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Sökning: WFRF:(Heikkila P) > (2015-2019)

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  • Jelenkovic, Aline, et al. (författare)
  • Associations between birth size and later height from infancy through adulthood : An individual based pooled analysis of 28 twin cohorts participating in the CODATwins project
  • 2018
  • Ingår i: Early Human Development. - Elsevier. - 0378-3782. ; 120, s. 53-60
  • Tidskriftsartikel (refereegranskat)abstract
    • Background: There is evidence that birth size is positively associated with height in later life, but it remains unclear whether this is explained by genetic factors or the intrauterine environment. Aim: To analyze the associations of birth weight, length and ponderal index with height from infancy through adulthood within mono- and dizygotic twin pairs, which provides insights into the role of genetic and environmental individual-specific factors. Methods: This study is based on the data from 28 twin cohorts in 17 countries. The pooled data included 41,852 complete twin pairs (55% monozygotic and 45% same-sex dizygotic) with information on birth weight and a total of 112,409 paired height measurements at ages ranging from 1 to 69 years. Birth length was available for 19,881 complete twin pairs, with a total of 72,692 paired height measurements. The association between birth size and later height was analyzed at both the individual and within-pair level by linear regression analyses. Results: Within twin pairs, regression coefficients showed that a 1-kg increase in birth weight and a 1-cm increase in birth length were associated with 1.14–4.25 cm and 0.18–0.90 cm taller height, respectively. The magnitude of the associations was generally greater within dizygotic than within monozygotic twin pairs, and this difference between zygosities was more pronounced for birth length. Conclusion: Both genetic and individual-specific environmental factors play a role in the association between birth size and later height from infancy to adulthood, with a larger role for genetics in the association with birth length than with birth weight.
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  • Jelenkovic, Aline, et al. (författare)
  • Genetic and environmental influences on adult human height across birth cohorts from 1886 to 1994
  • 2016
  • Ingår i: eLife. - 2050-084X. ; 5
  • Tidskriftsartikel (refereegranskat)abstract
    • Human height variation is determined by genetic and environmental factors, but it remains unclear whether their influences differ across birth-year cohorts. We conducted an individual-based pooled analysis of 40 twin cohorts including 143,390 complete twin pairs born 1886-1994. Although genetic variance showed a generally increasing trend across the birth-year cohorts, heritability estimates (0.69-0.84 in men and 0.53-0.78 in women) did not present any clear pattern of secular changes. Comparing geographic-cultural regions (Europe, North America and Australia, and East Asia), total height variance was greatest in North America and Australia and lowest in East Asia, but no clear pattern in the heritability estimates across the birth-year cohorts emerged. Our findings do not support the hypothesis that heritability of height is lower in populations with low living standards than in affluent populations, nor that heritability of height will increase within a population as living standards improve.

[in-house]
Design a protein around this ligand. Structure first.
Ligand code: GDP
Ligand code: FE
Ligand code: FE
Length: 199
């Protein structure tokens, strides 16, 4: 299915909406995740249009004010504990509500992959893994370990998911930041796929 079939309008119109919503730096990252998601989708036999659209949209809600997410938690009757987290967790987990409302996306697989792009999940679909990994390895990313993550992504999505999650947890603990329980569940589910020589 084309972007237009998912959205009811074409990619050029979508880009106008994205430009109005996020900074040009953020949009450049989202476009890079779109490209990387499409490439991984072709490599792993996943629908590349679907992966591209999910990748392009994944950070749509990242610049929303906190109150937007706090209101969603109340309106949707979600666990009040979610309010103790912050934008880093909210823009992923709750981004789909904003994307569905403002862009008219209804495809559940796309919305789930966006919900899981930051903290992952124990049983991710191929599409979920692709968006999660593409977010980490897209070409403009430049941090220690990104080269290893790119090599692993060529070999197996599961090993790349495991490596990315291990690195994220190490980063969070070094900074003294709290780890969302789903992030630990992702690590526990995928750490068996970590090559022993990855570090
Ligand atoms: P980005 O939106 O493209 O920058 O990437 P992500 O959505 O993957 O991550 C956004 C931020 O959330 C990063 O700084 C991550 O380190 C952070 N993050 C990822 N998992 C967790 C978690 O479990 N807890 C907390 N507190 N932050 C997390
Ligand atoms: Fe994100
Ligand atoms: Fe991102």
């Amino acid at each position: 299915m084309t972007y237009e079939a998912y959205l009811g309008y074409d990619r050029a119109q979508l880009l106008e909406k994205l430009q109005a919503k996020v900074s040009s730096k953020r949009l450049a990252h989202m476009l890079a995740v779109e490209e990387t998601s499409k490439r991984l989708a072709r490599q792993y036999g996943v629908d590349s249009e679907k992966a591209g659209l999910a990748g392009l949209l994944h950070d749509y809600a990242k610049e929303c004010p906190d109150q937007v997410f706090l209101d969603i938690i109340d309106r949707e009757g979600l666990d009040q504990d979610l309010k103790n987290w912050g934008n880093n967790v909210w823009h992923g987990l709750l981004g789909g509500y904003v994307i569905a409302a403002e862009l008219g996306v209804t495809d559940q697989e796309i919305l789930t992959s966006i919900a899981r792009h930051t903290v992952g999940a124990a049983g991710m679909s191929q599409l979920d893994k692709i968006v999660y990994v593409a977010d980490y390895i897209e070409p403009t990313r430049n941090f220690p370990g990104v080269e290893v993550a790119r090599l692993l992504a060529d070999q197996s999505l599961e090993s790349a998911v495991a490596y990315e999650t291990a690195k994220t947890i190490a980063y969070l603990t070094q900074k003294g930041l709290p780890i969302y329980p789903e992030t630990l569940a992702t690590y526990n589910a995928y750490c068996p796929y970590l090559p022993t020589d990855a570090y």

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  • Madsen, I. E. H., et al. (författare)
  • Job strain as a risk factor for clinical depression systematic review and meta-analysis with additional individual participant data
  • 2017
  • Ingår i: Psychological Medicine. - 0033-2917 .- 1469-8978. ; 47:8, s. 1342-1356
  • Forskningsöversikt (refereegranskat)abstract
    • <p>Adverse psychosocial working environments characterized by job strain (the combination of high demands and low control at work) are associated with an increased risk of depressive symptoms among employees, but evidence on clinically diagnosed depression is scarce. We examined job strain as a risk factor for clinical depression.</p><p>We identified published cohort studies from a systematic literature search in PubMed and PsycNET and obtained 14 cohort studies with unpublished individual-level data from the Individual-Participant-Data Meta-analysis in Working Populations (IPD-Work) Consortium. Summary estimates of the association were obtained using random-effects models. Individual-level data analyses were based on a pre-published study protocol.</p><p>We included six published studies with a total of 27 461 individuals and 914 incident cases of clinical depression. From unpublished datasets we included 120 221 individuals and 982 first episodes of hospital-treated clinical depression. Job strain was associated with an increased risk of clinical depression in both published [relative risk (RR) = 1.77, 95% confidence interval (CI) 1.47–2.13] and unpublished datasets (RR = 1.27, 95% CI 1.04–1.55). Further individual participant analyses showed a similar association across sociodemographic subgroups and after excluding individuals with baseline somatic disease. The association was unchanged when excluding individuals with baseline depressive symptoms (RR = 1.25, 95% CI 0.94–1.65), but attenuated on adjustment for a continuous depressive symptoms score (RR = 1.03, 95% CI 0.81–1.32).</p><p>Job strain may precipitate clinical depression among employees. Future intervention studies should test whether job strain is a modifiable risk factor for depression.</p>
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  • Resultat 11-20 av 37
  • Föregående 1[2]34Nästa
 
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